Quality Foods. Quality furniture. Quality trucks. Quality, Quality, Quality. Shite. Robert Persig some time ago wrote a book about quality. It’s called Zen and the Art of Motorcycle Maintenance. As Persig writes, his book has little to do with Zen and not much to do with motorcycle maintenance either. This was a very important book for me as I grappled with certain philosophical concepts in my youth. In Zen and the Art of Motorcycle Maintenance, the main protagonist goes catatonic after getting caught in his self-made vortex of contradiction around the idea of quality. As a fellow college instructor, I can relate to his descent into catatonia, although I was never able to quite make it all the way to its deepest reaches as Phaedrus (the eventual name of his protagonist) did.
The way we use the concept of quality these days drives me a little crazy but I’m not going to go grammar nazi and chastise all the unfortunates among us who constantly misuse the term or simply use it as a synonym for good. These days, quality stands for good. We seem to have lost the ability to qualify quality. Does Quality Foods refer to mediocre quality foods, poor quality foods or high quality foods? Well, that’s a silly question, isn’t it? Of course, the owners of Quality Foods mean it to refer to high quality foods. Any other conclusion would be nonsense. I presume that if we want to point out that a product or service is of poor quality we have to include the adjective ‘poor’ to qualify quality. Quality used by itself now means good. Any reference to any other kind of quality must be qualified with an adjective. Still pisses me off because it’s such a denial of the potential poverty of quality but I guess that’s just the way language evolves.
So, now I want to apply the concept of quality to morality. Can we talk about the quality of moral precepts? Can we come up with a hierarchy of moral precepts that go from good to evil or are all moral precepts supposed to be good. What does it mean to be a moral person? To what does ‘morality’ refer? I turn to this last question now, the others I deal with later and in subsequent posts.
The dictionary that comes with the Mac operating system defines morality as ‘principles concerning the distinction between right and wrong or good and bad behavior.’ The Miriam-Webster Learner’s Dictionary gives a “Simple Definition of morality [as]
- beliefs about what is right behavior and what is wrong behavior
- the degree to which something is right and good: the moral goodness or badness of something.”
Fair enough. That seems straightforward, but is it? Are we born knowing the difference between right and wrong, good and bad? If you believe that you probably also believe you were born knowing how to speak English. Not likely. Good and bad are social constructs and can only exist socially.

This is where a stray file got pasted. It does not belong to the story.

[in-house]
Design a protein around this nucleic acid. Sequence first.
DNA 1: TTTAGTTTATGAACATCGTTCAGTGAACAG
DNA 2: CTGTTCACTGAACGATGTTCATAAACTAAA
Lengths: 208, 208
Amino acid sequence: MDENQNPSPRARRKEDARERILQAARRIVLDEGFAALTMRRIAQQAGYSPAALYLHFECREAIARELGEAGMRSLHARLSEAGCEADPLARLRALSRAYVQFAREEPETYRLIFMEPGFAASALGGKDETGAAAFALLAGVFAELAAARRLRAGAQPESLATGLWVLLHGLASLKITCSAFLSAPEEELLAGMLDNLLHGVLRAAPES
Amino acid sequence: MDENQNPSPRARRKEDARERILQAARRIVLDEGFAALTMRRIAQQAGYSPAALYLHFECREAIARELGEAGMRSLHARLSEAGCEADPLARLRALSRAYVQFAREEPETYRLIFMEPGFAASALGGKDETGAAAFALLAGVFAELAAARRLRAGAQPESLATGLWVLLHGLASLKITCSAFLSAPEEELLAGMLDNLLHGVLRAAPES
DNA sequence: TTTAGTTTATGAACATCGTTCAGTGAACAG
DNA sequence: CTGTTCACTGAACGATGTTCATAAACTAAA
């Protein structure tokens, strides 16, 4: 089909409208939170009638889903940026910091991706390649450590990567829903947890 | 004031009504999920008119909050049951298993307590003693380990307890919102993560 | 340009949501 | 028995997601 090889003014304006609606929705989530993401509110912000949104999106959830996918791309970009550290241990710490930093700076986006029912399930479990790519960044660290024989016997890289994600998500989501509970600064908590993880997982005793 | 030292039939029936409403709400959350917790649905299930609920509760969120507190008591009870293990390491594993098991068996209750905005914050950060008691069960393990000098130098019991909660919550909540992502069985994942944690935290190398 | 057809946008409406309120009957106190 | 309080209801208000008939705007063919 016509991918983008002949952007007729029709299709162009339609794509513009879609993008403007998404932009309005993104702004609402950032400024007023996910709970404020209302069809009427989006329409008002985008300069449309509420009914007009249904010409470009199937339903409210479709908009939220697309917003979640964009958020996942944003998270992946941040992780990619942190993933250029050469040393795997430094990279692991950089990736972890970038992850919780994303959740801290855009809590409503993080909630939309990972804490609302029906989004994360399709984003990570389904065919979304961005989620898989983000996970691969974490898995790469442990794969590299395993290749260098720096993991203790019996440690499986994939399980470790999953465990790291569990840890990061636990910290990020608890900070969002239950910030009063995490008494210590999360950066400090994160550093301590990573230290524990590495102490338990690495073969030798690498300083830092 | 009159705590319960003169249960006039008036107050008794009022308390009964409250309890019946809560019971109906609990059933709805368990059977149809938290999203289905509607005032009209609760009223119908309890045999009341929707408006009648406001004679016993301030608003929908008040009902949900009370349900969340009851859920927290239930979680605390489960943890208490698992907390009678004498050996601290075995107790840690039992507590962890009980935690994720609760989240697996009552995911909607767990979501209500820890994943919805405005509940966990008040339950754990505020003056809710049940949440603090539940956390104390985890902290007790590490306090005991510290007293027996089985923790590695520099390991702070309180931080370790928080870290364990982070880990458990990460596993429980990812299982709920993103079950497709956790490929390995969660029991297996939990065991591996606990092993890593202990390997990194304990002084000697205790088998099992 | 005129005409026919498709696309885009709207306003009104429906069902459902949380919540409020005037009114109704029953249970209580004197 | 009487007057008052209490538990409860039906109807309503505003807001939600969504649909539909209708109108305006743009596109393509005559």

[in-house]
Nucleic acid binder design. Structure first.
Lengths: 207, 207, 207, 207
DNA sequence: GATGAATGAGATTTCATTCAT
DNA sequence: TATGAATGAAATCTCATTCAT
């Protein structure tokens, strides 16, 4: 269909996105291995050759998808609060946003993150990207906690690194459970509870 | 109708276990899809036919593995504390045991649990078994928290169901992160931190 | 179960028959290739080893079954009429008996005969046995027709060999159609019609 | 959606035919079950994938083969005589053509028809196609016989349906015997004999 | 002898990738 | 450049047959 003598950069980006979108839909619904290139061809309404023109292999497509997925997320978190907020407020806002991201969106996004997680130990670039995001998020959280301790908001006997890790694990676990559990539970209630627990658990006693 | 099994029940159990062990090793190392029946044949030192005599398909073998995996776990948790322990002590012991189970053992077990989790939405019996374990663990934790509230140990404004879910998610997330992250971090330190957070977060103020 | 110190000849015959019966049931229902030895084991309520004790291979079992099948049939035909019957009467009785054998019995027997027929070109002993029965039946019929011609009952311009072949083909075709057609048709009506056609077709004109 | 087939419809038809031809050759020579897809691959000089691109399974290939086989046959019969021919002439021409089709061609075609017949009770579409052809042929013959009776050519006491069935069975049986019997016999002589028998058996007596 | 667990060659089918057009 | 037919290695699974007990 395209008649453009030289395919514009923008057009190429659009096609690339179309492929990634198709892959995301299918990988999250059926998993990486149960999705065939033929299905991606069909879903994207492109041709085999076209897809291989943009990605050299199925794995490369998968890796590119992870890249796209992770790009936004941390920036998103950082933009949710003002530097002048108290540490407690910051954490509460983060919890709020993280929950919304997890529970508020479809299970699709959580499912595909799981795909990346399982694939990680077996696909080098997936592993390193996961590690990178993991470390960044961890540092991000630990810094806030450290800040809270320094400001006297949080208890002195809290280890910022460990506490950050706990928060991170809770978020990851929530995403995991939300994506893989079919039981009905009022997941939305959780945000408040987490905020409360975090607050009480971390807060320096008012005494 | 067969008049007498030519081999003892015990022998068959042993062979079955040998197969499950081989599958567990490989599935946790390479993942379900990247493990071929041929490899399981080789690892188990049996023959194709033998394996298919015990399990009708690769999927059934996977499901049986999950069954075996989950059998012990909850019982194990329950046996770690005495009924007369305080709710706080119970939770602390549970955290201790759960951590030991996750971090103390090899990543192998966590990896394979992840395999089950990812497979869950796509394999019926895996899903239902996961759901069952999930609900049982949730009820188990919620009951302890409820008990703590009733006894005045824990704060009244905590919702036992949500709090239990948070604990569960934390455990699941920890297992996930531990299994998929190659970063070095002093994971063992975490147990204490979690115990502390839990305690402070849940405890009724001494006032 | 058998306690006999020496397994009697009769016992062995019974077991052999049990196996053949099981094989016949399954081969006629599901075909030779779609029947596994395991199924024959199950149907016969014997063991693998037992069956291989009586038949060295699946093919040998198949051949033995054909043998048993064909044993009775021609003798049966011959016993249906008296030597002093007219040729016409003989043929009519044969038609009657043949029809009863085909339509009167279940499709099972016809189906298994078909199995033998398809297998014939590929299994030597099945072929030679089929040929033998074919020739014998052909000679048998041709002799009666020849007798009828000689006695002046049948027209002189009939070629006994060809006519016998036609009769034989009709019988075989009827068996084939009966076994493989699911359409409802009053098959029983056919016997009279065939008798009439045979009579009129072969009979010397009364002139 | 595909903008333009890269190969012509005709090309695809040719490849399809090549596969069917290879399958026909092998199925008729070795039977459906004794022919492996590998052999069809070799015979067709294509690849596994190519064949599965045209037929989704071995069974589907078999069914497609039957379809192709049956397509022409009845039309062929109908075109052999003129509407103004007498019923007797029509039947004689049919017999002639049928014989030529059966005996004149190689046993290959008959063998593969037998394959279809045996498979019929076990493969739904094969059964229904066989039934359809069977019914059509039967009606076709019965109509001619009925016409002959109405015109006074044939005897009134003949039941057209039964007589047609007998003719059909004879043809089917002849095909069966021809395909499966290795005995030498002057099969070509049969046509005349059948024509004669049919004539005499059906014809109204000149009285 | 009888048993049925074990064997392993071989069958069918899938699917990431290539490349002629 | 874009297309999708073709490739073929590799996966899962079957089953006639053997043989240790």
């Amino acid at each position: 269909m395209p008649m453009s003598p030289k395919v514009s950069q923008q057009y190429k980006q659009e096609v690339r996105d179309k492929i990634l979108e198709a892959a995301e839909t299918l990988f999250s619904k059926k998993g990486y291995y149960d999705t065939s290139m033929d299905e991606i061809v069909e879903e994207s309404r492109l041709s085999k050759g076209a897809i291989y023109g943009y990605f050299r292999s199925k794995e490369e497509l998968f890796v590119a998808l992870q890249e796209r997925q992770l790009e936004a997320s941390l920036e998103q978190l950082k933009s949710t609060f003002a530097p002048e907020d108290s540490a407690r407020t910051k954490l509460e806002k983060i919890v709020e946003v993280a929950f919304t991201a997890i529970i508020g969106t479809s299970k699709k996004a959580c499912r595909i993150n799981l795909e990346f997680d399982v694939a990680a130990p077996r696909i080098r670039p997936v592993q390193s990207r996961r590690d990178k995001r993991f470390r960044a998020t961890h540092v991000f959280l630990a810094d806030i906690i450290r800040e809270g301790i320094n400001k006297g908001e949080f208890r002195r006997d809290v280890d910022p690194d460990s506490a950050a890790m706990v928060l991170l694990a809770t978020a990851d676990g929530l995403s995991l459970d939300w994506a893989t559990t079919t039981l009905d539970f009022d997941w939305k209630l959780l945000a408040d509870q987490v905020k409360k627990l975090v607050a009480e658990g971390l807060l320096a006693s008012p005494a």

Obviously any judgment of behaviour can only be made when more or less discrete behaviours are compared with one another. The concept of morality cannot apply to an individual’s behaviour divorced from its social context. ‘Good’ or ‘bad’ are inherently relative concepts. There are no behaviours that I know of that can be universally and consistently viewed as good or bad. You might argue that killing and rape are universally and always bad. If you did, you’d be wrong. Killing is only bad in certain contexts particularly when it is unsanctioned by the state. In certain cases, such as in military combat, a soldier may be court-martialled for not obeying a direct order to kill an enemy combatant. In many contexts, killing is expected of one, so killing is not a universal bad. In fact, it would be considered morally reprehensible not to kill if it meant putting innocent people in danger. No matter how strongly we may be repulsed by it, rape is also morally ambivalent and in certain contexts is considered a duty. The Bosnian War was the scene of mass rapes perpetrated by combatants who were given direct orders to do so by their commanding officers.
In Emile Durkheim’s work, morality is a word that describes how to measure the intensity of our connections to our societies. I add that it’s used to judge the quality of individual behaviour as it aligns with overall social (including sexual), political and economic values. It stands to reason then that in a class based society moral judgments of behaviour will need to be made in a context where, as Marx noted, the ideas of the ruling class are the ruling ideas.
To be continued…
Up next, morality and sexuality. I touched on this briefly in my last post, but I want to consider how important moral judgments are around sexuality.
Following that, I want to explore the politics of morality or why poor people are considered to be moral degenerates and made to feel shame and guilt for their situation.
 The ‘state’ is one of those words that elicits controversy. I once did a graduate course decades ago now where the only task we had was to define the state. Not a simple task as it turns out.
 I won’t question the popular unquestioning definition of society here. I’ll leave that for a future blog post. Harold Adams Innis is a masterful critic of the conventional definition of society. I wrote my Master’s dissertation on Harold Innis’ work and it’s available on my blog.
 Of course, the ruling class is not homogeneous, it evolves over time, gaining and losing power in times and places. Still, there are some basic precepts and expectations of behaviour that we find are fairly ubiquitous in societies where the capitalist mode of production predominates.